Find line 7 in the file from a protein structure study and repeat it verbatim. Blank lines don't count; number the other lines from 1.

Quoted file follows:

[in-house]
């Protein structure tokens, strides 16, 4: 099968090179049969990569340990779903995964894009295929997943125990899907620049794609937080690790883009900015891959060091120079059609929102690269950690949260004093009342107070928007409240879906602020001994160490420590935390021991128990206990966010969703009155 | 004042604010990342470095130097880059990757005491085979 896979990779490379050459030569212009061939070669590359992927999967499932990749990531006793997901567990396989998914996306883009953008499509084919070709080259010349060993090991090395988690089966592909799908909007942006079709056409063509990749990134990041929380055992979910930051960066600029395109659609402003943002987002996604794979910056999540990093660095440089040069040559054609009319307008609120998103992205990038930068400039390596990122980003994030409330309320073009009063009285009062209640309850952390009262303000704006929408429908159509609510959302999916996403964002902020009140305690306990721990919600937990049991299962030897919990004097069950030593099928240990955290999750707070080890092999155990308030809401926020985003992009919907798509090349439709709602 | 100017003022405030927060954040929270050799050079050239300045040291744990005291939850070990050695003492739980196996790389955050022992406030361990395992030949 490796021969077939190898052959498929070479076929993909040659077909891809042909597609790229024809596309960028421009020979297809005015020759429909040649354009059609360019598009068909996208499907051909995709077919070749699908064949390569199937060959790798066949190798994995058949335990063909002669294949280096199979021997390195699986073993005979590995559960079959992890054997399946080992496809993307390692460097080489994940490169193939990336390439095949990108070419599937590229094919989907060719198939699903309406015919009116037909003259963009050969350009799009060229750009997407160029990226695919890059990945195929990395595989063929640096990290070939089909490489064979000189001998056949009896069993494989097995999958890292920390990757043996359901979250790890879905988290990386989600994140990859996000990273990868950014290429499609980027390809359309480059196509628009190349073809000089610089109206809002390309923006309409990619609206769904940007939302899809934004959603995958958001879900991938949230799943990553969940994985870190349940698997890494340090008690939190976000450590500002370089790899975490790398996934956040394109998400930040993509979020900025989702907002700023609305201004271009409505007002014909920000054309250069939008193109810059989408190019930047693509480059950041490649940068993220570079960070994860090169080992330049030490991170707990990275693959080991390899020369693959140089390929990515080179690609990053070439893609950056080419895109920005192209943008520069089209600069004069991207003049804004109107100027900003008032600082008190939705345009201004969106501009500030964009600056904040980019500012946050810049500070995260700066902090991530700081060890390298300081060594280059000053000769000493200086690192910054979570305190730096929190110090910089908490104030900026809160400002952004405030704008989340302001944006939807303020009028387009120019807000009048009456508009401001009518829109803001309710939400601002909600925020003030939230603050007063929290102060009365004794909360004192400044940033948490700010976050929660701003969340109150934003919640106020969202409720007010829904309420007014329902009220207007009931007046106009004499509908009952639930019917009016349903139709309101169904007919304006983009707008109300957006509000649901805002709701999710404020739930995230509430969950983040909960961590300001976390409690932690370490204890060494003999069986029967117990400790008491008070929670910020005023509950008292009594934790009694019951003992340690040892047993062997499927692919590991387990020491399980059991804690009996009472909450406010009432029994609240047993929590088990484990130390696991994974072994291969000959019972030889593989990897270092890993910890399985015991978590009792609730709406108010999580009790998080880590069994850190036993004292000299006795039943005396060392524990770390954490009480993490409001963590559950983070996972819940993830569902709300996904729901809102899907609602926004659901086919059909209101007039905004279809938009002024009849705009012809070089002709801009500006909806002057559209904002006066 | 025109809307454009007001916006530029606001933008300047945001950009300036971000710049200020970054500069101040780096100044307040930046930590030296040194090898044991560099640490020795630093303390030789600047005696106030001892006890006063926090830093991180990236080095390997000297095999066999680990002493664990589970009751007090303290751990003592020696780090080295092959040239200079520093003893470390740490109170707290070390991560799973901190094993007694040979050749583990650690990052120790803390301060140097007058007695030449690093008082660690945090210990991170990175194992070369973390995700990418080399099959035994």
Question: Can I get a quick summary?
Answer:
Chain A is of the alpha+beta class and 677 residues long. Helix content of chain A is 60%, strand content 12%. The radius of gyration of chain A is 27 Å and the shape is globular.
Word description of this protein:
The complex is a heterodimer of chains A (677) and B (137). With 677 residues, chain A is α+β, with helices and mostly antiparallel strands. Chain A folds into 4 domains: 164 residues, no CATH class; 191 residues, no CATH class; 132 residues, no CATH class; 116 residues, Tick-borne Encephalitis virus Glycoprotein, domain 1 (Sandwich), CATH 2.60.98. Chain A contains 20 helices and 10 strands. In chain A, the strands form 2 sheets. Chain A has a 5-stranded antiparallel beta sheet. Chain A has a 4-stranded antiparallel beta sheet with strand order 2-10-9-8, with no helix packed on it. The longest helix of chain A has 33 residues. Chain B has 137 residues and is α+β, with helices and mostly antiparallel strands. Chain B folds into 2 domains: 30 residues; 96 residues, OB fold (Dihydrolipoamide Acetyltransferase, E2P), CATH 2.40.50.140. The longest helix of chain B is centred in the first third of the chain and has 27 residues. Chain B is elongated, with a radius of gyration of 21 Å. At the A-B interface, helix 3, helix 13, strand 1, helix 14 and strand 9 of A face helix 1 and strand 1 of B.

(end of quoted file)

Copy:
The complex is a heterodimer of chains A (677) and B (137). With 677 residues, chain A is α+β, with helices and mostly antiparallel strands. Chain A folds into 4 domains: 164 residues, no CATH class; 191 residues, no CATH class; 132 residues, no CATH class; 116 residues, Tick-borne Encephalitis virus Glycoprotein, domain 1 (Sandwich), CATH 2.60.98. Chain A contains 20 helices and 10 strands. In chain A, the strands form 2 sheets. Chain A has a 5-stranded antiparallel beta sheet. Chain A has a 4-stranded antiparallel beta sheet with strand order 2-10-9-8, with no helix packed on it. The longest helix of chain A has 33 residues. Chain B has 137 residues and is α+β, with helices and mostly antiparallel strands. Chain B folds into 2 domains: 30 residues; 96 residues, OB fold (Dihydrolipoamide Acetyltransferase, E2P), CATH 2.40.50.140. The longest helix of chain B is centred in the first third of the chain and has 27 residues. Chain B is elongated, with a radius of gyration of 21 Å. At the A-B interface, helix 3, helix 13, strand 1, helix 14 and strand 9 of A face helix 1 and strand 1 of B.